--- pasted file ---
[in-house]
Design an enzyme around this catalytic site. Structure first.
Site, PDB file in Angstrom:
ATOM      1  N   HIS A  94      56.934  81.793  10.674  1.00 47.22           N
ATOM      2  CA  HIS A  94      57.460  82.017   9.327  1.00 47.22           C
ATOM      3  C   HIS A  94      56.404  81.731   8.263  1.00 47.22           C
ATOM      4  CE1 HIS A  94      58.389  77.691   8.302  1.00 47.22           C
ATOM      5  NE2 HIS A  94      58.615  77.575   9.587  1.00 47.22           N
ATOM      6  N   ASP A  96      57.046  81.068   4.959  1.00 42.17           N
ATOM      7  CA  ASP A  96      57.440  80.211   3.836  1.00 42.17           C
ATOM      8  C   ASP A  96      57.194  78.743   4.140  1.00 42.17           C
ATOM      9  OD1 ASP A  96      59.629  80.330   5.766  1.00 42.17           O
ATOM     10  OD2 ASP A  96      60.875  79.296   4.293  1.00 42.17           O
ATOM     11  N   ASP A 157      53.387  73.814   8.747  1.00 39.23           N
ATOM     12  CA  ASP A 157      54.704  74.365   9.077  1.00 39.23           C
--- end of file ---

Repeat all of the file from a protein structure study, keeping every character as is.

[in-house]
Design an enzyme around this catalytic site. Structure first.
Site, PDB file in Angstrom:
ATOM      1  N   HIS A  94      56.934  81.793  10.674  1.00 47.22           N
ATOM      2  CA  HIS A  94      57.460  82.017   9.327  1.00 47.22           C
ATOM      3  C   HIS A  94      56.404  81.731   8.263  1.00 47.22           C
ATOM      4  CE1 HIS A  94      58.389  77.691   8.302  1.00 47.22           C
ATOM      5  NE2 HIS A  94      58.615  77.575   9.587  1.00 47.22           N
ATOM      6  N   ASP A  96      57.046  81.068   4.959  1.00 42.17           N
ATOM      7  CA  ASP A  96      57.440  80.211   3.836  1.00 42.17           C
ATOM      8  C   ASP A  96      57.194  78.743   4.140  1.00 42.17           C
ATOM      9  OD1 ASP A  96      59.629  80.330   5.766  1.00 42.17           O
ATOM     10  OD2 ASP A  96      60.875  79.296   4.293  1.00 42.17           O
ATOM     11  N   ASP A 157      53.387  73.814   8.747  1.00 39.23           N
ATOM     12  CA  ASP A 157      54.704  74.365   9.077  1.00 39.23           C